The Tory government won the UK general election with a fragile, and what is subsequently proving to be a faltering, majority of 14 seats. Is it not time for Sinn Féin to demonstrate robust single-mindedness; to abandon its cheerleading protean posturing and ‘rule in’ taking their Westminster seats — if their electorate are to have a real voice at a venue that matters most?
When bankers go to hell ...
Most people feel bankers should shoulder some degree of responsibility, even blame, for the current economic crisis? Imagine this scenario. A banker arrives in Hades, and tries to make a pact with the devil. He applies for a loan and opens his own bank.
First he gets some poor tormented souls to apply to him for a loan. The banker puts money into the poor soul’s accounts — money that does not exist. The banker has created hell money out of nothing but credit. The poor souls now have to pay back the banker with interest, as well as using their poor souls as collateral.
The poor souls needs to be replenished, so the banker takes the souls back, and takes his cut for letting the poor souls borrow their own money.
He gives the rest to the Devil, and promises there’s plenty more, where that came from. They shake hands on the deal. The banker is off the hook. And Hades Bank is up and running.
Clinton in, Trump is out of the count
No need to stay up all night long to watch the election results from the United States. I spent the last couple of days going through every state to figure out the final totals for Clinton and Trump.
Taking in all the various scenarios I find that the highest total of electoral college votes Trump could receive would be 267 and the lowest for Clinton would be 271. This is with Trump winning every toss-up state.
With Clinton winning the toss-up states she would garner 379 votes to Trumps 159.
My prediction is Clinton getting 314 electoral college votes and Trump with 224 electoral college votes.
To win, you need 270 votes... so Clinton wins.
Who will claim Trump if he wins
Should Donald Trump be triumphant in the American presidential election which Irish town, village or even cross-roads will be the first to claim him as one of their sons?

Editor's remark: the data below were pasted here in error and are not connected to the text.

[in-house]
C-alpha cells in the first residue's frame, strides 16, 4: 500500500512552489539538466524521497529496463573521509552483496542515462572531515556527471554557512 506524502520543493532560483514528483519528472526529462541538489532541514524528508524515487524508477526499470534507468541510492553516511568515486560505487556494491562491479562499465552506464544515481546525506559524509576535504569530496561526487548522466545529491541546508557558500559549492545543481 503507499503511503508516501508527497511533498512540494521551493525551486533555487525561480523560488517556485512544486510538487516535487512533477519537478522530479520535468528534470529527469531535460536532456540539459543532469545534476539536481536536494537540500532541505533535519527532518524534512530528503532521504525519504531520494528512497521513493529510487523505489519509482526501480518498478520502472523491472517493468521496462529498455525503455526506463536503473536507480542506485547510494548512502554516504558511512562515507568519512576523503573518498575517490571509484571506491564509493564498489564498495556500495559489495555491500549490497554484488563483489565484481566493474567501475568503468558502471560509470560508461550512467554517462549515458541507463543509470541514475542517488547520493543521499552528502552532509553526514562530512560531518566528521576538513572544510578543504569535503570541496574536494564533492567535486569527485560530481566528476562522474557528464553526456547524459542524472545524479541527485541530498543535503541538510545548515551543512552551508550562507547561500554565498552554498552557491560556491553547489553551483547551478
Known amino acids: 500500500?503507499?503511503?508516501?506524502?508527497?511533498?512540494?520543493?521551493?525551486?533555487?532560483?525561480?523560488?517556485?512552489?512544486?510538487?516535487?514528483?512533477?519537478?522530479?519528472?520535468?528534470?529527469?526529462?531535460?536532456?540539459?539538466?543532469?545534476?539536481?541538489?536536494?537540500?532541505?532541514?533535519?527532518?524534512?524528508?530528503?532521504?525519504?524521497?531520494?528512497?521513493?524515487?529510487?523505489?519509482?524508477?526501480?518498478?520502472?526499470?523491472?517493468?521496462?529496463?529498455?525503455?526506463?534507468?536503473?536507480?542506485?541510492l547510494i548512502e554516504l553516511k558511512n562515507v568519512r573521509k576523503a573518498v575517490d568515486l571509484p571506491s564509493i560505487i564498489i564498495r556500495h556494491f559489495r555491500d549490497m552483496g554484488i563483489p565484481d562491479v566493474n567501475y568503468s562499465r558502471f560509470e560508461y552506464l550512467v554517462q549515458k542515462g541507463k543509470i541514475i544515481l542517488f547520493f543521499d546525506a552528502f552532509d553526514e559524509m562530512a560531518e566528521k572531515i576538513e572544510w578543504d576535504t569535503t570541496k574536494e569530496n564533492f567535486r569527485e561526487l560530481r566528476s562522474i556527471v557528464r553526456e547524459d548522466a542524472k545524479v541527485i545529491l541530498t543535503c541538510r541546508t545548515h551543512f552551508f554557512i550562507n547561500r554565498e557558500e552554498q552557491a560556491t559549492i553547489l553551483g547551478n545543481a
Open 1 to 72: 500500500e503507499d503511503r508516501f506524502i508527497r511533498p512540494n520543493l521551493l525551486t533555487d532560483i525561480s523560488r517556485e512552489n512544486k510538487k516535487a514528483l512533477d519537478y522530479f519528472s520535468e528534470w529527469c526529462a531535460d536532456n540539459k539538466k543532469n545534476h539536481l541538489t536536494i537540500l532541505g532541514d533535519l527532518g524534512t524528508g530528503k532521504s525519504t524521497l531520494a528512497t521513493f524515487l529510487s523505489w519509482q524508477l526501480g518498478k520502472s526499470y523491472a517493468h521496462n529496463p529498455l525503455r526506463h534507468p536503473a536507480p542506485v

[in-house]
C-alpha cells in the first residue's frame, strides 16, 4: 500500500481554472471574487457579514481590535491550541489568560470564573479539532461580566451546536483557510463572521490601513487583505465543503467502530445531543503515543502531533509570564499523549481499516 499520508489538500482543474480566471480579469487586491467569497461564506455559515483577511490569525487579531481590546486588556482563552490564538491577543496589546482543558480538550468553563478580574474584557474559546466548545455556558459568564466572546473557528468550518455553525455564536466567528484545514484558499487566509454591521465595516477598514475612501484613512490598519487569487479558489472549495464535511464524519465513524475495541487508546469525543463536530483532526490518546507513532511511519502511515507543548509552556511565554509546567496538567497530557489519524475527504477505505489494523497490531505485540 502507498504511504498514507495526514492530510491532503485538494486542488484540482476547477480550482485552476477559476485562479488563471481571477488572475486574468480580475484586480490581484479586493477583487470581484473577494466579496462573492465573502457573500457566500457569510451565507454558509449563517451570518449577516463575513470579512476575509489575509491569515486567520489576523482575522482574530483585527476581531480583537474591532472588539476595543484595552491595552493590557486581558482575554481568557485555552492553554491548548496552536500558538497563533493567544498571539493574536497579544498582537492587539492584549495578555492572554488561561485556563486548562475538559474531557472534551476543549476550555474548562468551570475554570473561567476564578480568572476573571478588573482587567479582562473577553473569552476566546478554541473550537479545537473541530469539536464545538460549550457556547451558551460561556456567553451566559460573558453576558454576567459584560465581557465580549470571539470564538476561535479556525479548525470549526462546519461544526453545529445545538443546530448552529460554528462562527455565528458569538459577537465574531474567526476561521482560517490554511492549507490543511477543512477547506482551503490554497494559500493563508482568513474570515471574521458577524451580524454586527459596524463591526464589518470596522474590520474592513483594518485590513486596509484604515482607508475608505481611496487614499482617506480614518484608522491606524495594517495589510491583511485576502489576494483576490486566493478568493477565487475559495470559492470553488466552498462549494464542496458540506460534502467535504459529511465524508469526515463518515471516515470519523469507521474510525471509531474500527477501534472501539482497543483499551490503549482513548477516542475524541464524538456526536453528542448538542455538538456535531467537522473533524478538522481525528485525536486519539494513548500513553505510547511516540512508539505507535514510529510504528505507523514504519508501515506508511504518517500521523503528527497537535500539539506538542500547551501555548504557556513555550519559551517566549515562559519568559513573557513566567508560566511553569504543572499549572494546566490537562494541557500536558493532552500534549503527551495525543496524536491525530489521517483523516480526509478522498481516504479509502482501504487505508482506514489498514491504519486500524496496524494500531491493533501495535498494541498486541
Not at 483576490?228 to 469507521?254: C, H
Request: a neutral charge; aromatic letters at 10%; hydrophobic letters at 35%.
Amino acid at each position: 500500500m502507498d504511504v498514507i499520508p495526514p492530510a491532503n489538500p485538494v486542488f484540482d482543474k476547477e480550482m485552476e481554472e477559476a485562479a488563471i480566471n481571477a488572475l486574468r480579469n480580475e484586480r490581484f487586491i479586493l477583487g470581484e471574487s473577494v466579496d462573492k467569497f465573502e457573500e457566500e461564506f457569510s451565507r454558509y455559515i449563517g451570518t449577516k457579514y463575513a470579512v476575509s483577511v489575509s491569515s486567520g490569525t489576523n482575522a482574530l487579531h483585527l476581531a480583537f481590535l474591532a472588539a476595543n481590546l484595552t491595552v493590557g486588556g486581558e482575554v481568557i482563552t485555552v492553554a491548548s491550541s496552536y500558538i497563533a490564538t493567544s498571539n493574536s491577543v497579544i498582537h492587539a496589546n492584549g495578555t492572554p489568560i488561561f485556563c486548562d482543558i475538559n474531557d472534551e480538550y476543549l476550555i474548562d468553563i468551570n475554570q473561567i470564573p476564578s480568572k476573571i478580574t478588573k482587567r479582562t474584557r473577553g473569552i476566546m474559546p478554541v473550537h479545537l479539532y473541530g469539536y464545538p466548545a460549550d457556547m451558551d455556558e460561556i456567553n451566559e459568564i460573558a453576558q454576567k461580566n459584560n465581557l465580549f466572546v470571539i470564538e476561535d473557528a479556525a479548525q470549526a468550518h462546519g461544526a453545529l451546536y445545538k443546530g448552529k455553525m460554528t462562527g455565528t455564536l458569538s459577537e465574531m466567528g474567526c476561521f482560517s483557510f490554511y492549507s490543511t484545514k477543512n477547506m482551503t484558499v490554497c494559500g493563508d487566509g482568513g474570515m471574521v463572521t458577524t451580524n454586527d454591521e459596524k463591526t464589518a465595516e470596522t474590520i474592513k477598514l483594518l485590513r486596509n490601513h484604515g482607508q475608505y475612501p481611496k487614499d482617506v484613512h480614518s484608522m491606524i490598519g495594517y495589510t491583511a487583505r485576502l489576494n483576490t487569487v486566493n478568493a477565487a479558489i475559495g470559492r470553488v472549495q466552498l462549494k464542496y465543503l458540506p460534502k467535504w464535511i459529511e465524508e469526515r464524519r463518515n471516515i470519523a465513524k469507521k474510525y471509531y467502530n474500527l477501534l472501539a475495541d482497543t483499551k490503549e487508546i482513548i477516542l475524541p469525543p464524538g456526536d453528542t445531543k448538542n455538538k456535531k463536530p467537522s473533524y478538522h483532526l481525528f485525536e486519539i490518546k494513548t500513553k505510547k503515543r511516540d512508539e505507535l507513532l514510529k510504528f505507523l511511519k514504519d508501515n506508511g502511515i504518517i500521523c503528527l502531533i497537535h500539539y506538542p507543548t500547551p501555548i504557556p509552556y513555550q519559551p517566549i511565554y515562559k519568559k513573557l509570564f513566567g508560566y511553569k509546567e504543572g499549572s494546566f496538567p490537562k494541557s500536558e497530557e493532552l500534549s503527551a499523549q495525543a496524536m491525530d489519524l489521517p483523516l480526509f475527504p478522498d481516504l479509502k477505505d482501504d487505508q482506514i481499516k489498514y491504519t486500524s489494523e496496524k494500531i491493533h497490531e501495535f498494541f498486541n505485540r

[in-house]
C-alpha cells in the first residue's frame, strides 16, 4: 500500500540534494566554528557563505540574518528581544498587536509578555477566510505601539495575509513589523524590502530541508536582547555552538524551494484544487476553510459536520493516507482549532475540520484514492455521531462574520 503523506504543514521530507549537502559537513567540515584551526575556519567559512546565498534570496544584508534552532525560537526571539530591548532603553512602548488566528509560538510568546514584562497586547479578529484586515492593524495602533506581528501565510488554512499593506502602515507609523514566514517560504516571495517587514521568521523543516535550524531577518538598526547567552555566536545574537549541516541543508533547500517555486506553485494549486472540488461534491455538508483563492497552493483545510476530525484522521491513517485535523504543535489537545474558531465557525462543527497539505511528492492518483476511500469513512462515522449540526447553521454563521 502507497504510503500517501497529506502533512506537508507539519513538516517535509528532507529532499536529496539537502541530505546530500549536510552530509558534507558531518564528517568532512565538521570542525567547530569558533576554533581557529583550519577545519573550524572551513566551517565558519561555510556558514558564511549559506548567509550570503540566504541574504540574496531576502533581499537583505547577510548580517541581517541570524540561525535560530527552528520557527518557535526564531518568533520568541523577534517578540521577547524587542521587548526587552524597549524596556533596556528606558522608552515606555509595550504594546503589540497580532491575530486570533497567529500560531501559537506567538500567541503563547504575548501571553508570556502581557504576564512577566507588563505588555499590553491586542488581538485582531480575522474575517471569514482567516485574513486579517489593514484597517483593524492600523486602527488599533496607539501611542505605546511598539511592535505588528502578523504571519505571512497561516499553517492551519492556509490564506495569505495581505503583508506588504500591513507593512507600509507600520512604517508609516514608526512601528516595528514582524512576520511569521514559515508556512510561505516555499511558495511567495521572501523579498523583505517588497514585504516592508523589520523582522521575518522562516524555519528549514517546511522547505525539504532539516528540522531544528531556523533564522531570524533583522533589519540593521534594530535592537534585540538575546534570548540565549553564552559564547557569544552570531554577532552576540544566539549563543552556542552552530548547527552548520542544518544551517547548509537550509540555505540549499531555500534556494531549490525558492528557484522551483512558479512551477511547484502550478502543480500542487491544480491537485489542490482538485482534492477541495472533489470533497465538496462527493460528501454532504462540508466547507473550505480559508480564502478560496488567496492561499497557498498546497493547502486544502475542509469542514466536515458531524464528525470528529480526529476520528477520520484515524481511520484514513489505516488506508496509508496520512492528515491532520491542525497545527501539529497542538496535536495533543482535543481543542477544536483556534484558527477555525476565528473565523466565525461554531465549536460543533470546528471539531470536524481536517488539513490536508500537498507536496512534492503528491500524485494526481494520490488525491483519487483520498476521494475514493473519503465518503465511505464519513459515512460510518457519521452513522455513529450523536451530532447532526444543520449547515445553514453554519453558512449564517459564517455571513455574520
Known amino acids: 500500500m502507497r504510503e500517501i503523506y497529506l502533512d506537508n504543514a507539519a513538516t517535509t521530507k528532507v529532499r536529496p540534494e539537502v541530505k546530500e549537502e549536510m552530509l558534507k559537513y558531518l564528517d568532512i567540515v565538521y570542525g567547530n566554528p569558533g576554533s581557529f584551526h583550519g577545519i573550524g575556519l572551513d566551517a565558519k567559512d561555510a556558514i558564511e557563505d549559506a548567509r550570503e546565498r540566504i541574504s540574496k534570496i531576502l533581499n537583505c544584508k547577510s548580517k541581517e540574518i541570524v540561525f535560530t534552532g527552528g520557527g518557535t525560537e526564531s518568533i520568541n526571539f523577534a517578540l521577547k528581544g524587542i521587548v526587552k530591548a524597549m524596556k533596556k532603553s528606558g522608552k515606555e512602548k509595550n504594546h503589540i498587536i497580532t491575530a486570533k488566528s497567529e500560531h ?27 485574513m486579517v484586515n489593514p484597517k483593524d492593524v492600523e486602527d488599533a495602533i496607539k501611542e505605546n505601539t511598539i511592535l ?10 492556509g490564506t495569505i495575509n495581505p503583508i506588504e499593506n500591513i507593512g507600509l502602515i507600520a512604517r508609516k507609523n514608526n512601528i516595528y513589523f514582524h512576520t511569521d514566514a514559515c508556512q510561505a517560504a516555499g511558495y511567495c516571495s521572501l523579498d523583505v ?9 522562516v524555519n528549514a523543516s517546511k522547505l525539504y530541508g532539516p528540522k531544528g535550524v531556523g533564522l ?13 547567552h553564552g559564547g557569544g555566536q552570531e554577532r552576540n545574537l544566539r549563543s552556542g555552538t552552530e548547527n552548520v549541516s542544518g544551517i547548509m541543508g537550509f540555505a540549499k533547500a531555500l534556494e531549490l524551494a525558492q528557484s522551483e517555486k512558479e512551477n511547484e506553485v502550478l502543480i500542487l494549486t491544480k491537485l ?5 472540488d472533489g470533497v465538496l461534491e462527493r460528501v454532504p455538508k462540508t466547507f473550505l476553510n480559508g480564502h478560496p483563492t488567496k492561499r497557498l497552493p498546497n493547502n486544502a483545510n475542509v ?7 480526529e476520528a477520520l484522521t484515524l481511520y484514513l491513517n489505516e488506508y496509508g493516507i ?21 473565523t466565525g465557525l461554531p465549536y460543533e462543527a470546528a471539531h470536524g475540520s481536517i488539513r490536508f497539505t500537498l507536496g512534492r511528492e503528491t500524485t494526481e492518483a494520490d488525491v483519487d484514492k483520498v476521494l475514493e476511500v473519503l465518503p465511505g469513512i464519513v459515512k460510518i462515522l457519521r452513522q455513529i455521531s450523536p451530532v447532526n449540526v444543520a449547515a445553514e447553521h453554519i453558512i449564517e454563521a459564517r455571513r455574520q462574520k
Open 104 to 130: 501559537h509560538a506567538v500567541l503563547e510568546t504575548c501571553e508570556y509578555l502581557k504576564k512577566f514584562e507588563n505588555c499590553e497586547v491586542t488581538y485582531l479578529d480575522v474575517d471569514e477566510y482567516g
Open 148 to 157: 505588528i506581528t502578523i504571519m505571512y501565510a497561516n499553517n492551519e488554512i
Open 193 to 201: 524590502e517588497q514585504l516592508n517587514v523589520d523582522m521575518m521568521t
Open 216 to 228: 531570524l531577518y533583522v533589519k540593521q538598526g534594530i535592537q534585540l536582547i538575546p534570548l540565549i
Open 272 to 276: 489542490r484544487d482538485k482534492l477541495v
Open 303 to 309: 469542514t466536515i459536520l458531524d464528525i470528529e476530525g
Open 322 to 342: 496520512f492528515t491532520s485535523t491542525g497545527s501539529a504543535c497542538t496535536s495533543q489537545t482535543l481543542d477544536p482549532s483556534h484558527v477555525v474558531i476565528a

We all hope for the sake of humanity and our fragile civilisation that reason and good sense will prevail.
Hillary’s win will be one for the girls
I believe that the best outcome of a Hillary win, (love her or hate her) will be the millions of young girls who will grow up believing that now it is possible for them to reach the highest office in America.
For that reason alone, a victory for Hillary must be welcomed.
Dáil vote needed on trade agreement
I have lambasted Enda Kenny over signing CETA (Comprehensive Economic and Trade Agreement), a trade deal between the EU and Canada, without allowing a debate in the Dáil and despite a motion to stop Ireland signing CETA being passed by the Seanad.
I exchanged text messages with Enda Kenny explaining that CETA will result in the greatest loss of Irish sovereignty since the Act of Union in 1800. My claim is supported by more than 100 EU professors of law who say CETA undermines European law because inbuilt into CETA is an ISDM (investor state device mechanism) which gives multinationals the power to sue governments if they introduce a law which reduces their profits.
A three-man court which is beyond the rule of law in sovereign states will act as arbitrators between governments and multinationals. The Argentinian government was fined $405m in 2015 when they capped the price of drinking water. The private water companies used the ISDM to successfully sue the government. Kenny’s response to me is that CETA will create jobs.
People are angry. They never heard of CETA and are shocked by its ramifications. In the recent budget Finance Minister Michael Noonan said that a sugar tax will be introduced in 2018. If we are tied into CETA any Canadian multinational operating in this country whose profits are reduced by this law will be able to sue the Irish government and seek compensation.
I’m making a passionate plea to everyone to act for the sake of your children and grandchildren and contact Fine Gael and Fianna Fáil politicians. Don’t allow them to sideline the issue with talk of jobs, trade or Brexit.
I’m want all Fine Gael and Fianna Fáil TDs and councillors to have the courage to put our children before politics and demand a Dáil vote on CETA.